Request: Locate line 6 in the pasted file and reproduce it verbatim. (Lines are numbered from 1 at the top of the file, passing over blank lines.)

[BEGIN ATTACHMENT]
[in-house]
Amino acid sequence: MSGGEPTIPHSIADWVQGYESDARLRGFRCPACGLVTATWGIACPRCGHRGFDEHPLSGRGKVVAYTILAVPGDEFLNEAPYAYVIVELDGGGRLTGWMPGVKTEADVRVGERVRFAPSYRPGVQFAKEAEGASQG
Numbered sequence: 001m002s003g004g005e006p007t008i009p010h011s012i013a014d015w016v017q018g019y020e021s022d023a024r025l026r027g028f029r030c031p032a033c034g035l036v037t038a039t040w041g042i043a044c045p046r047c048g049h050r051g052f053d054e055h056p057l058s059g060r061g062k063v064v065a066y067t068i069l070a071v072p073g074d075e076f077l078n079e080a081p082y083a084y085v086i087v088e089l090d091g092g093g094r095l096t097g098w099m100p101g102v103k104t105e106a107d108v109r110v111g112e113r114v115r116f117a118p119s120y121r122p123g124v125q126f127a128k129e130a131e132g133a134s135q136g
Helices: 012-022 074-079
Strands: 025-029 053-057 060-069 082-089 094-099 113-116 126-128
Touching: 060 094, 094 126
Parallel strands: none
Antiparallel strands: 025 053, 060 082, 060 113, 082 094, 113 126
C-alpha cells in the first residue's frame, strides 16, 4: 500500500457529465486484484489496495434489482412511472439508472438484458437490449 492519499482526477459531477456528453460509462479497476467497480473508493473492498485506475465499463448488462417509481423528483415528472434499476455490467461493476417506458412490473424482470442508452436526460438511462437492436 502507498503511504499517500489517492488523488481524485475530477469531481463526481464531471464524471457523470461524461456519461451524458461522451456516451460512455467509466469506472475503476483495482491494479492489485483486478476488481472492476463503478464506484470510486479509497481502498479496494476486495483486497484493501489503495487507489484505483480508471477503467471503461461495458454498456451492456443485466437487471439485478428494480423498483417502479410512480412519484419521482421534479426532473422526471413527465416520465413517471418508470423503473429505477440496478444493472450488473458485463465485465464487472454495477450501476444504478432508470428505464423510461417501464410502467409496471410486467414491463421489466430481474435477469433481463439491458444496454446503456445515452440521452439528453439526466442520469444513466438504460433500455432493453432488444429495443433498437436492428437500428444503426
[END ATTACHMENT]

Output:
Touching: 060 094, 094 126